Timo Kaukolampi: “Too pop to be techno, to techno to be pop. Jimi Tenor, the esoteric mastermind, with his first real solo record, ‘Sähkömies’ – which translates directly translated as ‘electric man’ or ‘electrician’. A hugely influential track, which still gives you shivers with its deep electric sound and raw, dirty sexuality.”

08. Marko Laine Read & Write, 1996

Timo Kaukolampi: “Marko Laine banging it away with his dark techno 909! Ron Trent would be thrilled with those snare fills. He also ran the most amazing record store, Mind Records.”

09. Jori Hulkkonen Heights, 1996

Timo Kaukolampi: “Would be pure ignorance to leave Jori Hulkkonen out of this playlist. I could also post Tiga & Zyntherius, but this suits the list better. Enjoy!”

10. Freestyle Man Cyberchrist (feat. Irwin Berg), 1998

Timo Kaukolampi: “When those evil robot words come out from the speakers, you believe this dude Irvin is the Cyberchrist. Totally nihilistic record. Not sure if this video recording is on -8, but I have to say that some tracks just have a fucked mood. If I make an electro mix in the future, I’ll also add Mr. Velcro Fastener – electro Finlandese was strong at the turn of the millenium.”

11. Philus Acidophilus, 1998

Timo Kaukolampi: “Acidophilus is just an amazing classic! Mika Vainio is also Philus, Saab 96, and Ø (this has nothing to do with the UK Ø). Mika does many different styles of music, but everything has that most amazing sonic quality. Tracks on this playlist just present one thin slice of his musical spectrum and genius.”

12. Uni Latch, 1998

Timo Kaukolampi: “Released on Ectomorph’s Detroit label, these brave Finns do half of the track with rimshots and another half with claves. Brilliant raw drive and mood from the more electro side of techno Finlandese.”

13. Aavikko Viitostie, 1999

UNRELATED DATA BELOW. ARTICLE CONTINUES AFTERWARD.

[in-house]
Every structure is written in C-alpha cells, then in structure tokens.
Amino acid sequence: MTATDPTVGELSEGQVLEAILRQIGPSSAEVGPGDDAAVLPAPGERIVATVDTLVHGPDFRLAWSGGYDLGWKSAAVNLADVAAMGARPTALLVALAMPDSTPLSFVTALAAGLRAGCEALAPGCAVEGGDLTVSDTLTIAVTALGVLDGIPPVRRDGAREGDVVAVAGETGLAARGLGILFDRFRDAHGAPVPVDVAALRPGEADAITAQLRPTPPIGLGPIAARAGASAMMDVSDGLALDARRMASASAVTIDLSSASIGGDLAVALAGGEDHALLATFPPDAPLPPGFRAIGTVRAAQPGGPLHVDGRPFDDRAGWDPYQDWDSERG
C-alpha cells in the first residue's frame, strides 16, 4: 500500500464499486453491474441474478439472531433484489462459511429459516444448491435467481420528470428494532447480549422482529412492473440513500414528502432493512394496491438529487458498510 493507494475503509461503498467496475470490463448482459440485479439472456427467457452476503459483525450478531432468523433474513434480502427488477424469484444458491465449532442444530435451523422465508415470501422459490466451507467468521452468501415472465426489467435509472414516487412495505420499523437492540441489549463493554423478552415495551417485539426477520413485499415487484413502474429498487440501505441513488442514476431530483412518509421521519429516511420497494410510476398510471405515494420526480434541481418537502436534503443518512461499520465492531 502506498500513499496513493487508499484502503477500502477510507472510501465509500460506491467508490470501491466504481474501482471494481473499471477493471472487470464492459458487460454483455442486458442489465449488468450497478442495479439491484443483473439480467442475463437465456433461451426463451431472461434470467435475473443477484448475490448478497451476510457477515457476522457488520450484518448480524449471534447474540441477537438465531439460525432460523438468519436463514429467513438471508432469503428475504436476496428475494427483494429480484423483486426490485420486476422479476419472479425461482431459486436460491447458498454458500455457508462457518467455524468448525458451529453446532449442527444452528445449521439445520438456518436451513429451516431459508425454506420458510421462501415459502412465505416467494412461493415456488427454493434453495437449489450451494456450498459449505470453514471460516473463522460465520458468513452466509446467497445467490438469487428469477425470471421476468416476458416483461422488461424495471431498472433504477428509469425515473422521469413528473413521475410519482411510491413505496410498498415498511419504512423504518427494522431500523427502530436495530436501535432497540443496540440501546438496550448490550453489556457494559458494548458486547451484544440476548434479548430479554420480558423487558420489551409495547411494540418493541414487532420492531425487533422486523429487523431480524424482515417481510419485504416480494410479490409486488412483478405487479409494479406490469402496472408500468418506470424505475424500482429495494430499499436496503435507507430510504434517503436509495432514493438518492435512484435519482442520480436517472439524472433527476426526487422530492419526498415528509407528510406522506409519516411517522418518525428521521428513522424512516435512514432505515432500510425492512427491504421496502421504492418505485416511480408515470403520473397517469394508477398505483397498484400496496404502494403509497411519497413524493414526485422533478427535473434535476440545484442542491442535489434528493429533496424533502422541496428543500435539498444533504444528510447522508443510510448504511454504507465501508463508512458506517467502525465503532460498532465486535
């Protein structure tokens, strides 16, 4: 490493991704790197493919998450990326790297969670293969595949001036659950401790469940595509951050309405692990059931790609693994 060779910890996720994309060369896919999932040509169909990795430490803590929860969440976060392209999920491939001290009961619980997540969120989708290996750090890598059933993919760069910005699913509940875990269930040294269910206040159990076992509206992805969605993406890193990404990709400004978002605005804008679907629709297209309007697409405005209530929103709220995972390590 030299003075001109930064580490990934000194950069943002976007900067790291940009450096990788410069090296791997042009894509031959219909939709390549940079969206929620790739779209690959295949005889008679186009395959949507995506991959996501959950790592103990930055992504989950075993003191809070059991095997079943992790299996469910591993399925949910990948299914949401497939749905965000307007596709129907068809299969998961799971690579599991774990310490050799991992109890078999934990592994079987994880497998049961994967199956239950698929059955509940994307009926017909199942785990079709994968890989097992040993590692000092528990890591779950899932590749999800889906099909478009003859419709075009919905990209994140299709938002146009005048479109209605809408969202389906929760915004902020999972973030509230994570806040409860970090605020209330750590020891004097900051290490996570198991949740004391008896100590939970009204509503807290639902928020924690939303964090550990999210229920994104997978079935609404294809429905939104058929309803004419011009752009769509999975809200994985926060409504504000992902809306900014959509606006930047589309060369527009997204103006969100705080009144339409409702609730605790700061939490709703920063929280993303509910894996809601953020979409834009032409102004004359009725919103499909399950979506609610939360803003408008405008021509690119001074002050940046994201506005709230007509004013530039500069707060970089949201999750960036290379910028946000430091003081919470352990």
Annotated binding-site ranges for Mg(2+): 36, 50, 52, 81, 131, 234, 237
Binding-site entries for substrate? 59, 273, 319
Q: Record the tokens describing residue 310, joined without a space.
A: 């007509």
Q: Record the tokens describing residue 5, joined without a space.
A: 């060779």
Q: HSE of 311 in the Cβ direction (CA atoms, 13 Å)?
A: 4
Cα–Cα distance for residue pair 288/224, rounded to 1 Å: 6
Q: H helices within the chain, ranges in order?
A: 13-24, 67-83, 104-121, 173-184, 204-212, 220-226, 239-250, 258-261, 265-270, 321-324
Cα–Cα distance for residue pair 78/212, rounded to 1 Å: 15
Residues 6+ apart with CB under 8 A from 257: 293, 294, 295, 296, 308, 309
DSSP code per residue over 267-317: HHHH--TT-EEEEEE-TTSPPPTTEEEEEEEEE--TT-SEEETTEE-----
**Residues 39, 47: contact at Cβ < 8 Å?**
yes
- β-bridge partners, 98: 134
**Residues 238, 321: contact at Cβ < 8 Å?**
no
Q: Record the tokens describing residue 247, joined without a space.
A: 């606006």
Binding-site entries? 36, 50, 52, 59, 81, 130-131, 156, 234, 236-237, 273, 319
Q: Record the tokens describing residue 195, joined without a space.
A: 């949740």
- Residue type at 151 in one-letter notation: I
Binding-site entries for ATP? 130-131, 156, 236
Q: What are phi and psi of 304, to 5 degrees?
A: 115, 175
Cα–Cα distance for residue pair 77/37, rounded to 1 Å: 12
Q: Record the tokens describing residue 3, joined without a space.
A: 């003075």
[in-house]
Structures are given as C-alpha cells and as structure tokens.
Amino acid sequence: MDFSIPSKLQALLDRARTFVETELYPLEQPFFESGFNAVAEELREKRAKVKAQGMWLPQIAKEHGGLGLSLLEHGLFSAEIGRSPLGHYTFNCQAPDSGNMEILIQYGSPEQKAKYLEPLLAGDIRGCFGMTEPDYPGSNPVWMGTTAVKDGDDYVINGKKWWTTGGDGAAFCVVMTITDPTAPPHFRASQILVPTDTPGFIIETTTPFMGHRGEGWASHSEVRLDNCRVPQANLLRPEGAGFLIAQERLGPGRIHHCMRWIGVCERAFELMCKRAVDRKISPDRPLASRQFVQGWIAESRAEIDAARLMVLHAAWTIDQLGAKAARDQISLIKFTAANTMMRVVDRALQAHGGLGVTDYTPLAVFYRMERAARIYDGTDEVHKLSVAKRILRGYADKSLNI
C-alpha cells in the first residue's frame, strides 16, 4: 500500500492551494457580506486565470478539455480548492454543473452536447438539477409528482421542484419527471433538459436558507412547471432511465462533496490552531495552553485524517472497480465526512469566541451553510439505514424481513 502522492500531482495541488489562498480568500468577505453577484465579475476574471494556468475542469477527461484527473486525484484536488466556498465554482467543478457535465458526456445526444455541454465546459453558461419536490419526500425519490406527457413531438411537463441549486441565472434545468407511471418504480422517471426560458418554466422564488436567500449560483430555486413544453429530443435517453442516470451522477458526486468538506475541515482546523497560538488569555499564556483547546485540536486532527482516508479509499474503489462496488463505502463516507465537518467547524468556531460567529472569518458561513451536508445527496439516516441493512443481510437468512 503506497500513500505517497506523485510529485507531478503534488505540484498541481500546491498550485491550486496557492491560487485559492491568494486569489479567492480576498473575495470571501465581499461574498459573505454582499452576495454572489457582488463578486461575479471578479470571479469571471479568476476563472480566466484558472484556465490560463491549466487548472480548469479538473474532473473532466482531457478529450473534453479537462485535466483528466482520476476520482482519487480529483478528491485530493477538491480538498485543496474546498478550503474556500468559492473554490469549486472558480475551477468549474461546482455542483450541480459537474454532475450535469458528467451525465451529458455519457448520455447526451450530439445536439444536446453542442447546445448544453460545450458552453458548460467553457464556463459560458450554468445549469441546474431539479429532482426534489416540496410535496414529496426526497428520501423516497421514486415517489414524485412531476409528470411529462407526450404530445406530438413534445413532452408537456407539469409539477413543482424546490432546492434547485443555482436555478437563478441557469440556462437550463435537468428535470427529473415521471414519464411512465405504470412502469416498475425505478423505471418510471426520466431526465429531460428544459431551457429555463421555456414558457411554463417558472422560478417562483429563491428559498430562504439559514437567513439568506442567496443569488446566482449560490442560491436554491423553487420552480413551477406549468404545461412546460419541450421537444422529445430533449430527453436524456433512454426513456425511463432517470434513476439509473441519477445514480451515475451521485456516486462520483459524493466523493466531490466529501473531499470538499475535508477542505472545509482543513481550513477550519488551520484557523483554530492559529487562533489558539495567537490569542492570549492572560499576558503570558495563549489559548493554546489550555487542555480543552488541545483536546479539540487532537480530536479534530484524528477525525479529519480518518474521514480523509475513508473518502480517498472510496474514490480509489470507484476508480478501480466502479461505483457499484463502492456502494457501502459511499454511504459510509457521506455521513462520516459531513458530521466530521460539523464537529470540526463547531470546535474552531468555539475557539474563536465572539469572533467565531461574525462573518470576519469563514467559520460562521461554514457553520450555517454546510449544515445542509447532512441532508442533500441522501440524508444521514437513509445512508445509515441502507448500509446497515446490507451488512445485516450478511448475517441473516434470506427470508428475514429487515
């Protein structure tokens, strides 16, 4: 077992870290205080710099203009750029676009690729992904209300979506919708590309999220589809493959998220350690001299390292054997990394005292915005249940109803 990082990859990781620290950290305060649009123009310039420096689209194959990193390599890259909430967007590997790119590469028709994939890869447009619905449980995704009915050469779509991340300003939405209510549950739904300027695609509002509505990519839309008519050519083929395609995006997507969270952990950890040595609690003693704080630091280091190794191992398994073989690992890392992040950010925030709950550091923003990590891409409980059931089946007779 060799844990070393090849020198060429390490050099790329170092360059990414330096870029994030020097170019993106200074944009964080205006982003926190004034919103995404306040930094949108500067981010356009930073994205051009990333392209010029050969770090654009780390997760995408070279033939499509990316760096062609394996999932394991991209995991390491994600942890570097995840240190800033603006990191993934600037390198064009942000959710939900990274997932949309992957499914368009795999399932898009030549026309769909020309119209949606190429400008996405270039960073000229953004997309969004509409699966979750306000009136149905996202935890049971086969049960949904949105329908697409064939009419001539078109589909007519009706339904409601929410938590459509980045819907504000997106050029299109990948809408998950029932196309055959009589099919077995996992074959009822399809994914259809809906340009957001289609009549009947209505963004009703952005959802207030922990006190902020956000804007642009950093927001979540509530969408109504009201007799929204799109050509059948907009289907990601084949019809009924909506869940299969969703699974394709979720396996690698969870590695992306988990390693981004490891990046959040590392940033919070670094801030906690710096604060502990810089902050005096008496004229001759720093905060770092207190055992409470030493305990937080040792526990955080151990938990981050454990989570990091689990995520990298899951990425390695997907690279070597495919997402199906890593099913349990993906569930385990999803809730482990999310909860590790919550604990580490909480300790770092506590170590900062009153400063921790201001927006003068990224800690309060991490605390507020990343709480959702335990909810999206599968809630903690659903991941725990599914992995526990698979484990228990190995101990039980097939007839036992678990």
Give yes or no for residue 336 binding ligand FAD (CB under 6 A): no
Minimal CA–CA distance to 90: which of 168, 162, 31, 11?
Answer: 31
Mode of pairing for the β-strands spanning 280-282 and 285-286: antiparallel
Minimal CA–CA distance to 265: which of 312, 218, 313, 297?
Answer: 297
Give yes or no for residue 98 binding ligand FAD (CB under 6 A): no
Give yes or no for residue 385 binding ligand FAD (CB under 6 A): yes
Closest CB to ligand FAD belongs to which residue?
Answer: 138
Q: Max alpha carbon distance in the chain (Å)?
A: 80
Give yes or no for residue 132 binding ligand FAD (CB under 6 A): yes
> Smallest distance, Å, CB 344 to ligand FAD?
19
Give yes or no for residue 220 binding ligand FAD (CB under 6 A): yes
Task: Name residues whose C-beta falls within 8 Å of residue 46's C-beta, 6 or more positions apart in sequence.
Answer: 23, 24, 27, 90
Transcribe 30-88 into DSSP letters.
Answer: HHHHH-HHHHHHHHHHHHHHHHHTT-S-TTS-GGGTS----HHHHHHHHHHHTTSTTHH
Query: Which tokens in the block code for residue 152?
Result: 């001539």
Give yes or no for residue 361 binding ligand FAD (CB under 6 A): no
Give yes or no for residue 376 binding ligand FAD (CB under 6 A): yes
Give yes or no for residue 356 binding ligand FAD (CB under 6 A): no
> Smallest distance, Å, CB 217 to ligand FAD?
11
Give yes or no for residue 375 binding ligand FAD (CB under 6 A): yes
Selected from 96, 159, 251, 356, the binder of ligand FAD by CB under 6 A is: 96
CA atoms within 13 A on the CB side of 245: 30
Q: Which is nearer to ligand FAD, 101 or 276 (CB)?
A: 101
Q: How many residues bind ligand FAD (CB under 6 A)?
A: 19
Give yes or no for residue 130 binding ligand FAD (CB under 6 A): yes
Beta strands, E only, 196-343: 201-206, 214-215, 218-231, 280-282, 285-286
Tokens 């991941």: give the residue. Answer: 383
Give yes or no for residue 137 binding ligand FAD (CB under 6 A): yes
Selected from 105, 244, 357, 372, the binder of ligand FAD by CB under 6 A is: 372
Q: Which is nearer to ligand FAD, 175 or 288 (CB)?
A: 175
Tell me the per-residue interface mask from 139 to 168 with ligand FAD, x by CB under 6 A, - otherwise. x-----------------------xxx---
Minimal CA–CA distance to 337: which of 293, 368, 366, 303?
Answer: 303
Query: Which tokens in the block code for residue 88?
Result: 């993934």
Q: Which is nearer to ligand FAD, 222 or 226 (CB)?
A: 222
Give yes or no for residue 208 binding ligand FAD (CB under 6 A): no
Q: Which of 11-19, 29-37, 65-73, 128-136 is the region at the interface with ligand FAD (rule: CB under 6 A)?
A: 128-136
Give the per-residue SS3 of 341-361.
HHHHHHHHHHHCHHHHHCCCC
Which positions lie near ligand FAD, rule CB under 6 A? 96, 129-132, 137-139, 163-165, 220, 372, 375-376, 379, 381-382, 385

Timo Kaukolampi: “Purists will say that this track has nothing to do with techno, but I think that, behind the robust sound, is something unique and phuturistic. They come from Siilinjärvi – that is near where my grandmother lived. Winter lasts nine months there – maybe that explains things.”

14. Motiivi:Tuntematon 1939, 2005

Timo Kaukolampi: “I must put one of my own tracks here. Still blows my mind. I have no idea what we were doing with Antti and Veikka. There was no drugs (as I remember). Our next 12″ was released on Kompakt. Soon after that, Wolfgang [Voigt] stopped answering my emails.”

15. Acid Kings Live @ Acidtron, 2008

Timo Kaukolampi: “Acid Kings. The name says it all, and this rare live clip kinda says it all about techno Filandese. Not fuelled by disco biscuits like the international chic Gucci crowds – these acid lovers believe in hootch and cheap government-controlled beer. But what can you say? We crawled out of the mud pit less than hundred years ago. Their acid is hot and rare. I saw them playing naked once, some years ago. Gave me a blister.”

16. Teersom Orbital Rotation, 2013

Timo Kaukolampi: “Fresh track that has one leg in tradition and another in the future. Perfect mixture of heritage and a modern enough style. Music must move forward. Teersom, you prodigal son; may the 4/4 carry you far!”

Öm released ‘The History of Techno’ on November 15th 2014 (buy). The K-X-P play a free show at The Shacklewell Arms in London on December 10th 2014 (more information and tickets).